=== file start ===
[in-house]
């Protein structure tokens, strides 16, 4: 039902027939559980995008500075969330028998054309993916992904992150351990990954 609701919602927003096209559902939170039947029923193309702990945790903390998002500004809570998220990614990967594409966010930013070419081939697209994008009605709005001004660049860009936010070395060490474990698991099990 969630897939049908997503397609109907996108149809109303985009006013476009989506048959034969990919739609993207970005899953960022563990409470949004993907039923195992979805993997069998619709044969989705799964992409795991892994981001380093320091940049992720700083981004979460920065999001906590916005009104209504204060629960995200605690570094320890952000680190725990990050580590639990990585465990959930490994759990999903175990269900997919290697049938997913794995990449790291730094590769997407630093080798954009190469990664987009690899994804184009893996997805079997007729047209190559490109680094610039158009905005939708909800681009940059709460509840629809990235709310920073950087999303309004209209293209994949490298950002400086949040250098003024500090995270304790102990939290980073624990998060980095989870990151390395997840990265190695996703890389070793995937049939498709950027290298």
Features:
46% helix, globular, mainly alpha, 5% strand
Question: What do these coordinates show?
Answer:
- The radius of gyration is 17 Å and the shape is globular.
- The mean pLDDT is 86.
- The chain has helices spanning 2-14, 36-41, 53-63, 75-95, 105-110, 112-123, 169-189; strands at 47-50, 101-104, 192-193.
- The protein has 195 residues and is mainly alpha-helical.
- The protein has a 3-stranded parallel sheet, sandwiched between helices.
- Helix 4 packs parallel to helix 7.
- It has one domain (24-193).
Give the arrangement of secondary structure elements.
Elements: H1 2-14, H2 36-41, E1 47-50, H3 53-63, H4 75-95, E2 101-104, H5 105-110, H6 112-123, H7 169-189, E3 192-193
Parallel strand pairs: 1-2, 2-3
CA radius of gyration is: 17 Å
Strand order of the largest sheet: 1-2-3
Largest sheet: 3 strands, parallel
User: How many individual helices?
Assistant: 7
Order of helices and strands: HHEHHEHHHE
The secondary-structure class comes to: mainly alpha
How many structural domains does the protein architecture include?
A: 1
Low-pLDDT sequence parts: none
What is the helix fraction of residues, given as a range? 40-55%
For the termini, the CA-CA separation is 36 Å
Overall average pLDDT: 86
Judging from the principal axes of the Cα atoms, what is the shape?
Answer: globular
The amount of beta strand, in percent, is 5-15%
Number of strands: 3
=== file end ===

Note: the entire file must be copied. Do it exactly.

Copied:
[in-house]
């Protein structure tokens, strides 16, 4: 039902027939559980995008500075969330028998054309993916992904992150351990990954 609701919602927003096209559902939170039947029923193309702990945790903390998002500004809570998220990614990967594409966010930013070419081939697209994008009605709005001004660049860009936010070395060490474990698991099990 969630897939049908997503397609109907996108149809109303985009006013476009989506048959034969990919739609993207970005899953960022563990409470949004993907039923195992979805993997069998619709044969989705799964992409795991892994981001380093320091940049992720700083981004979460920065999001906590916005009104209504204060629960995200605690570094320890952000680190725990990050580590639990990585465990959930490994759990999903175990269900997919290697049938997913794995990449790291730094590769997407630093080798954009190469990664987009690899994804184009893996997805079997007729047209190559490109680094610039158009905005939708909800681009940059709460509840629809990235709310920073950087999303309004209209293209994949490298950002400086949040250098003024500090995270304790102990939290980073624990998060980095989870990151390395997840990265190695996703890389070793995937049939498709950027290298």
Features:
46% helix, globular, mainly alpha, 5% strand
Question: What do these coordinates show?
Answer:
- The radius of gyration is 17 Å and the shape is globular.
- The mean pLDDT is 86.
- The chain has helices spanning 2-14, 36-41, 53-63, 75-95, 105-110, 112-123, 169-189; strands at 47-50, 101-104, 192-193.
- The protein has 195 residues and is mainly alpha-helical.
- The protein has a 3-stranded parallel sheet, sandwiched between helices.
- Helix 4 packs parallel to helix 7.
- It has one domain (24-193).
Give the arrangement of secondary structure elements.
Elements: H1 2-14, H2 36-41, E1 47-50, H3 53-63, H4 75-95, E2 101-104, H5 105-110, H6 112-123, H7 169-189, E3 192-193
Parallel strand pairs: 1-2, 2-3
CA radius of gyration is: 17 Å
Strand order of the largest sheet: 1-2-3
Largest sheet: 3 strands, parallel
User: How many individual helices?
Assistant: 7
Order of helices and strands: HHEHHEHHHE
The secondary-structure class comes to: mainly alpha
How many structural domains does the protein architecture include?
A: 1
Low-pLDDT sequence parts: none
What is the helix fraction of residues, given as a range? 40-55%
For the termini, the CA-CA separation is 36 Å
Overall average pLDDT: 86
Judging from the principal axes of the Cα atoms, what is the shape?
Answer: globular
The amount of beta strand, in percent, is 5-15%
Number of strands: 3